Planning, Market & Unemployment

Wojtek Sokolowski sokol at
Mon Aug 30 09:22:12 PDT 1999

At 09:43 AM 8/28/99 +0100, Jim h. wrote:
>I tend to think that Hillel Ticktin's argument about the character of
>the 'planning' system in the USSR carries weight (as in 'Origins of the
>Crisis in the USSR' Sharpe 1992). Ticktin makes the point that what was
>called planning was even more chaotic than the free market. Because the
>plan was simply imposed upon different points of production as an
>external regulation, those concerns had every interest in meeting the
>plan in words, but not in fact. Ticktin lists some of the non-use values
>the USSR produced from shoes you could not wear, to factories without
>roofs, and spare parts that did not fit. The 'bulk output' was to a
>considerable degree just plain waste - products that no-one could use.
>Such products fulfilled the targets, because the targets were paper
>targets with no real check on quality, or feedback mechanism that would
>hold managers to account. For that reason the growth rates celebrated by
>the CIA and the USSR alike should be taken with a pinch of salt. Making
>junk is not growth. Capitalists who had hoped to make a killing buying
>up soviet industrial know-how have been gravely disappointed.

Jim, but a rational person would naturally ask why those targets were "paper targets" - unless of course we want to give credibility to bourgeois ideology of 'irrationality" of non-market systems.

As I argued elsewhere, central planning can be theoretically defended as creating superior to market rationality by slashing down transaction costs resulting from imperfect information. However, in order to work in that capacity, planning must create an efficient mechanism for information flow to set forth optimal production targets.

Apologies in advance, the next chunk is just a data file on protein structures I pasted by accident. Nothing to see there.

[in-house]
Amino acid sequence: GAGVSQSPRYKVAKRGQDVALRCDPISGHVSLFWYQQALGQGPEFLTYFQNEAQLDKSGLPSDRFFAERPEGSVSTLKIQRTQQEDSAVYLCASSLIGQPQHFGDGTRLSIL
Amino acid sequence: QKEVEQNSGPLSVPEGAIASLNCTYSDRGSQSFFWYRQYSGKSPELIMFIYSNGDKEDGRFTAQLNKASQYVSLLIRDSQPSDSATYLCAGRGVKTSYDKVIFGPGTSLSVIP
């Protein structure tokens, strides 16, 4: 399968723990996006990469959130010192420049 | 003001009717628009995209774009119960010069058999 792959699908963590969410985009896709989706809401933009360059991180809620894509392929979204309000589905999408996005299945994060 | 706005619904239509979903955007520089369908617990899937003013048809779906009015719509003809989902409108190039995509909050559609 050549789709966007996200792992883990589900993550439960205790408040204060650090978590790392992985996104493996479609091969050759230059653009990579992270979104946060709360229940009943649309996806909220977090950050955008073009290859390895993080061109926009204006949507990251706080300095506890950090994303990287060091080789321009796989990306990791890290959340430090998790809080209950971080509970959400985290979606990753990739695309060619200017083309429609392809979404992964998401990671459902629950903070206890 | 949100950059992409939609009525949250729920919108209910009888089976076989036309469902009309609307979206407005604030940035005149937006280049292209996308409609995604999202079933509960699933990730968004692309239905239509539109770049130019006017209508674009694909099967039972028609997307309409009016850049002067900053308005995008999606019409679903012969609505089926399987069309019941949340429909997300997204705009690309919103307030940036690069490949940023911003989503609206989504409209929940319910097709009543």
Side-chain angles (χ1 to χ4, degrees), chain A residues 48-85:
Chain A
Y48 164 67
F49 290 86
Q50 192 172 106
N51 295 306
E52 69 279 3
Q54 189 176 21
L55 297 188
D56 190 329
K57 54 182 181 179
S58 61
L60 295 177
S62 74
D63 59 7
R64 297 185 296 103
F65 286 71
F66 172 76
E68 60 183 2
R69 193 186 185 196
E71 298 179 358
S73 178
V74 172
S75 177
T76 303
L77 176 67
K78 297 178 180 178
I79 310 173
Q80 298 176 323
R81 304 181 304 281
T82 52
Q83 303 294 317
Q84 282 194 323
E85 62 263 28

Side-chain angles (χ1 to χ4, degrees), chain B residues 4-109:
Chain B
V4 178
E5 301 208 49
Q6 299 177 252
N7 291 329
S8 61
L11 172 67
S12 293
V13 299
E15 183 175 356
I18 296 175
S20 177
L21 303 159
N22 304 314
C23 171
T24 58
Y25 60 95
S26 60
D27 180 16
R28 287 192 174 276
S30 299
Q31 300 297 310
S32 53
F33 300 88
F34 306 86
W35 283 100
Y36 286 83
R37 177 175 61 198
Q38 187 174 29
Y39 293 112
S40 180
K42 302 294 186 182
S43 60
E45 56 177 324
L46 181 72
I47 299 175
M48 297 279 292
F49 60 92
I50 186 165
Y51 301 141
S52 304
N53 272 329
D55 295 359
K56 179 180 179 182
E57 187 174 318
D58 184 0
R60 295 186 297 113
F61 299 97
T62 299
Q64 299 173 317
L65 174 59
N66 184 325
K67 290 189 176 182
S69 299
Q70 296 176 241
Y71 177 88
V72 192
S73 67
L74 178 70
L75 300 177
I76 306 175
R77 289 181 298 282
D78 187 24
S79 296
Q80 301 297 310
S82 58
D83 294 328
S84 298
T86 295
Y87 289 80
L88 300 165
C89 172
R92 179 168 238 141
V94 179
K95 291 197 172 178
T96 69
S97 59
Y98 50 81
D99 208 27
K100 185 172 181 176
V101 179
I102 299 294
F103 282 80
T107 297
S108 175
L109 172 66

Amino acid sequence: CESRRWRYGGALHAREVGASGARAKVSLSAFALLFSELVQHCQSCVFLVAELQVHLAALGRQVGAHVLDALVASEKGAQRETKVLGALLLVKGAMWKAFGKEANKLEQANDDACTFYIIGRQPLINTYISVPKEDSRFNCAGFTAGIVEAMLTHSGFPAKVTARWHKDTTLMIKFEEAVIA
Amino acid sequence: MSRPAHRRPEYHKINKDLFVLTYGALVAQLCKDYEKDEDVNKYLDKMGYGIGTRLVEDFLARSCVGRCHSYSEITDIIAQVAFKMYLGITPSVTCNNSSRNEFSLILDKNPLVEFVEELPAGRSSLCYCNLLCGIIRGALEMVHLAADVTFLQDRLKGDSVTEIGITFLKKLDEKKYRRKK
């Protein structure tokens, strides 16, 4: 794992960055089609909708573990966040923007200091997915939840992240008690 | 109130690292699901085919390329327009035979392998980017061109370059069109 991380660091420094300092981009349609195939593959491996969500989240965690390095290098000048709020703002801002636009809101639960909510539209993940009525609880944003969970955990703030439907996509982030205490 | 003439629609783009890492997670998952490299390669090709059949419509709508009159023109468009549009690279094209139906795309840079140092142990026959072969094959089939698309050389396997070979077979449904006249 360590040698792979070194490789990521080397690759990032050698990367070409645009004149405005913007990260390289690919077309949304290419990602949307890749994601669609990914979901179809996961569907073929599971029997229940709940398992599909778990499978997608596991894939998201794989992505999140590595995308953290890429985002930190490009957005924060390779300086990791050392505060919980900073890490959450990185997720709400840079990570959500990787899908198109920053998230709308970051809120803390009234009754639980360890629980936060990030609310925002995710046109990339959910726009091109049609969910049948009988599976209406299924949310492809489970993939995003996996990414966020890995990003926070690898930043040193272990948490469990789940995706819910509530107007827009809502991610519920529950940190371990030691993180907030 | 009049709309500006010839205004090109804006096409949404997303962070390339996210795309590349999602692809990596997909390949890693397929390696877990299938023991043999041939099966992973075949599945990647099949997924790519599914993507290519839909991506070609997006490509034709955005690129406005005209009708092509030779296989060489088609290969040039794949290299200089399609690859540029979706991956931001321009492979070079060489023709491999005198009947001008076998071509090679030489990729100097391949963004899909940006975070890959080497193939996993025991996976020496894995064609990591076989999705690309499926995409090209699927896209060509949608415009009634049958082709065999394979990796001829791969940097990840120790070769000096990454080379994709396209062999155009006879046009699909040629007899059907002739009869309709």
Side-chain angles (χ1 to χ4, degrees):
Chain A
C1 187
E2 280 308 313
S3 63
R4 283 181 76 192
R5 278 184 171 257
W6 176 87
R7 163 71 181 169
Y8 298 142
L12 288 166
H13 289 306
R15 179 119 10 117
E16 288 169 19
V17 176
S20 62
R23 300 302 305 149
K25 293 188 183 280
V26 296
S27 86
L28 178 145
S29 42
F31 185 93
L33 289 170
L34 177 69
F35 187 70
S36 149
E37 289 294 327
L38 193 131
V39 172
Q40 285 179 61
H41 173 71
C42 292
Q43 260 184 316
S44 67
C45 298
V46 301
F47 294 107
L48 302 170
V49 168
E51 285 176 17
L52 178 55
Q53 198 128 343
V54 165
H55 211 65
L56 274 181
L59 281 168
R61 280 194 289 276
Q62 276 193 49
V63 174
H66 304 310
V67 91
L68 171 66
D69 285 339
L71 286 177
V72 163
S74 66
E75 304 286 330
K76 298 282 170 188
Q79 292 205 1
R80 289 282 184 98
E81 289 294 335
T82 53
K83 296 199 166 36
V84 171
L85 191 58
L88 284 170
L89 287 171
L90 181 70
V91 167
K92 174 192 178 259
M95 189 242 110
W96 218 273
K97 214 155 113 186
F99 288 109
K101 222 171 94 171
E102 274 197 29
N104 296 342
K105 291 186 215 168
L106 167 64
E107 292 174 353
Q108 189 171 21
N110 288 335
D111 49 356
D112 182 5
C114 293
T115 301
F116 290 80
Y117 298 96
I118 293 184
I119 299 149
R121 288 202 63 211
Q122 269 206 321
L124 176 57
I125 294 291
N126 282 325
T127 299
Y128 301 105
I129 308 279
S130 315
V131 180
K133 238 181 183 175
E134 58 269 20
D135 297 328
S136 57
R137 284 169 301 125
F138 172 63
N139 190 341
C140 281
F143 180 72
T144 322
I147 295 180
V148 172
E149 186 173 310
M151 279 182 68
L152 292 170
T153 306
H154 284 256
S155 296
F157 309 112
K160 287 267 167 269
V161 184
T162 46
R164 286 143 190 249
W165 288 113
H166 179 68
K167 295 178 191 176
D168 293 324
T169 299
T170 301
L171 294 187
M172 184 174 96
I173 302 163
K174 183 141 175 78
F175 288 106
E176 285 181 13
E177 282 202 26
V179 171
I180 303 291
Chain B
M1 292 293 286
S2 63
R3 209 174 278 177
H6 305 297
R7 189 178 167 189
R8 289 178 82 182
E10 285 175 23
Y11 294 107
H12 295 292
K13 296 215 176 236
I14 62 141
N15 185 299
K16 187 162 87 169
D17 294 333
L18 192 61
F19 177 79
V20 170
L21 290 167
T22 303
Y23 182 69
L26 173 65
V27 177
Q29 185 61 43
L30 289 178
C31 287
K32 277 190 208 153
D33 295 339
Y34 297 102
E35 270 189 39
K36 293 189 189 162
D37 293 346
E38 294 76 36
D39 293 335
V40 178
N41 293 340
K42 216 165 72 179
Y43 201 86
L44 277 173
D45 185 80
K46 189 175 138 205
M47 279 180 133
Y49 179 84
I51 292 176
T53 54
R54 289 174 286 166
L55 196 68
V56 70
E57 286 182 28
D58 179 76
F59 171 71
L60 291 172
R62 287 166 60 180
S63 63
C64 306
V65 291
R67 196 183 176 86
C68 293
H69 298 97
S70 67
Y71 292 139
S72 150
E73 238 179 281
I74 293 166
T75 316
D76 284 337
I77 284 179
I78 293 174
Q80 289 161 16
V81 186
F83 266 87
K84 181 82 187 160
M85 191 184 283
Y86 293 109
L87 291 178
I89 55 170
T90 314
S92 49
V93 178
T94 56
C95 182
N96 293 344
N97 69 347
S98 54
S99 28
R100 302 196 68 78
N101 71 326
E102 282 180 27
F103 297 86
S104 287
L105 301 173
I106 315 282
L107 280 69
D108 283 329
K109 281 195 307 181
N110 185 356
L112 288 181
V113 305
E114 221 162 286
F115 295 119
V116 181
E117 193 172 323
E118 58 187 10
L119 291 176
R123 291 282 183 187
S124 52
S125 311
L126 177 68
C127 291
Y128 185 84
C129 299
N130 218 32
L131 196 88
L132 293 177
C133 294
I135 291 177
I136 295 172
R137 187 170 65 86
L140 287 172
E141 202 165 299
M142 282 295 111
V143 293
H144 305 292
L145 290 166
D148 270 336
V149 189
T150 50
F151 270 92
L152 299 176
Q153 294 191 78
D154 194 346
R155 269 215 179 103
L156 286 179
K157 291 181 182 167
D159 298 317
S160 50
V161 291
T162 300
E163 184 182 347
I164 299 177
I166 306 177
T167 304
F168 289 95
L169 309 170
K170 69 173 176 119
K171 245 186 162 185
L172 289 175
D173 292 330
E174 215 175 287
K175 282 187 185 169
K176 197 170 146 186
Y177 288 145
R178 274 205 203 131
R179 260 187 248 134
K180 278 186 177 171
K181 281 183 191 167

It is a well documented fact, however, that such information flow was less than perfect, to say the least. In plain Englsih, SOE managers fed misleading information about their true productive capacities, resources etc. to the central planning authorities. Knowing that, the planning authorities implemented the practice known as "taut planning" or imposing production quota that assumed higher than reported productive capacities. Since the planning authorities had no way of knowing which SOEs uinderestimated their reported capacities and by how much, the whole process of "taut planning" was reduced to a guessing game. Hence overproduction of certain items and underproduction of others, as well as the proliferation of informal barter between SOEs to make up for the losses, inefficiencies etc. - which further exacerbated the SOE's management need for underreporting (they could turn the 'hoarded' capacities or goods to profitable barter).

So the real question is why the information exchange system was less efficient than planned - which leads us in the direction of examining institutional ramification of knowledge producers. It is my contention that it is the latter-days "boyarschina" or factory managers and intellectuals who finished off efficient planning in the pursit of their own class power. This also explains why 'bat'ushka' (uncle) Stalin was so paranoid in his distrust of these ratfuckers. Of course, that explanation will not play well in the halls of harvard, yale, or chicago.


More information about the lbo-talk mailing list